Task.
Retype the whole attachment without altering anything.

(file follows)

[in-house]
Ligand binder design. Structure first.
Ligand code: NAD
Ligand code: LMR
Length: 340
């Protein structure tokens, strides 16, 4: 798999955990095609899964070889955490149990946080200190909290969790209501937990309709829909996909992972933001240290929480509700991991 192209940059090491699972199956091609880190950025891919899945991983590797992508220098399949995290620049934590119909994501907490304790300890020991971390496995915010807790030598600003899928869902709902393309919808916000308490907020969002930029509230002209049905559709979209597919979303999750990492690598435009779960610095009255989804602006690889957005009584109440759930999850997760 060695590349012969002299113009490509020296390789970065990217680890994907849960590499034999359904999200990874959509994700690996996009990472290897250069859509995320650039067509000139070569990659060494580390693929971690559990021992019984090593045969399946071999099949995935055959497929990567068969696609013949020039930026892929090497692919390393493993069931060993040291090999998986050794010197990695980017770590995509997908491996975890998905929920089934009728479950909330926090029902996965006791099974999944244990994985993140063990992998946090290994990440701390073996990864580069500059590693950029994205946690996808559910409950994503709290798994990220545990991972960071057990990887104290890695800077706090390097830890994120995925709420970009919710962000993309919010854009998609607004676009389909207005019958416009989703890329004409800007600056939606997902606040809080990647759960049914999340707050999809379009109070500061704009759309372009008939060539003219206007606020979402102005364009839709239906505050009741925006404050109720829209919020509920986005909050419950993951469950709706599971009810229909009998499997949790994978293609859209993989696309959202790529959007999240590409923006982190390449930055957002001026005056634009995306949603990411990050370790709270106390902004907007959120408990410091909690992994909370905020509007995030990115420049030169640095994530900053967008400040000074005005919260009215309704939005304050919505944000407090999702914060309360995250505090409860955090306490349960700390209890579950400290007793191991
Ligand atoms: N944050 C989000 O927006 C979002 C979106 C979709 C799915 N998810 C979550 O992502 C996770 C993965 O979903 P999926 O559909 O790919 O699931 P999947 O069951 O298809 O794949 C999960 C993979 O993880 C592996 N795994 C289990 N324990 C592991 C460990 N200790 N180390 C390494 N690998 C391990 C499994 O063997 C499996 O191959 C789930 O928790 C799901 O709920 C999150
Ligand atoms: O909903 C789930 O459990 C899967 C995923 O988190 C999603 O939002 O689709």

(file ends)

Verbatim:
[in-house]
Ligand binder design. Structure first.
Ligand code: NAD
Ligand code: LMR
Length: 340
């Protein structure tokens, strides 16, 4: 798999955990095609899964070889955490149990946080200190909290969790209501937990309709829909996909992972933001240290929480509700991991 192209940059090491699972199956091609880190950025891919899945991983590797992508220098399949995290620049934590119909994501907490304790300890020991971390496995915010807790030598600003899928869902709902393309919808916000308490907020969002930029509230002209049905559709979209597919979303999750990492690598435009779960610095009255989804602006690889957005009584109440759930999850997760 060695590349012969002299113009490509020296390789970065990217680890994907849960590499034999359904999200990874959509994700690996996009990472290897250069859509995320650039067509000139070569990659060494580390693929971690559990021992019984090593045969399946071999099949995935055959497929990567068969696609013949020039930026892929090497692919390393493993069931060993040291090999998986050794010197990695980017770590995509997908491996975890998905929920089934009728479950909330926090029902996965006791099974999944244990994985993140063990992998946090290994990440701390073996990864580069500059590693950029994205946690996808559910409950994503709290798994990220545990991972960071057990990887104290890695800077706090390097830890994120995925709420970009919710962000993309919010854009998609607004676009389909207005019958416009989703890329004409800007600056939606997902606040809080990647759960049914999340707050999809379009109070500061704009759309372009008939060539003219206007606020979402102005364009839709239906505050009741925006404050109720829209919020509920986005909050419950993951469950709706599971009810229909009998499997949790994978293609859209993989696309959202790529959007999240590409923006982190390449930055957002001026005056634009995306949603990411990050370790709270106390902004907007959120408990410091909690992994909370905020509007995030990115420049030169640095994530900053967008400040000074005005919260009215309704939005304050919505944000407090999702914060309360995250505090409860955090306490349960700390209890579950400290007793191991
Ligand atoms: N944050 C989000 O927006 C979002 C979106 C979709 C799915 N998810 C979550 O992502 C996770 C993965 O979903 P999926 O559909 O790919 O699931 P999947 O069951 O298809 O794949 C999960 C993979 O993880 C592996 N795994 C289990 N324990 C592991 C460990 N200790 N180390 C390494 N690998 C391990 C499994 O063997 C499996 O191959 C789930 O928790 C799901 O709920 C999150
Ligand atoms: O909903 C789930 O459990 C899967 C995923 O988190 C999603 O939002 O689709």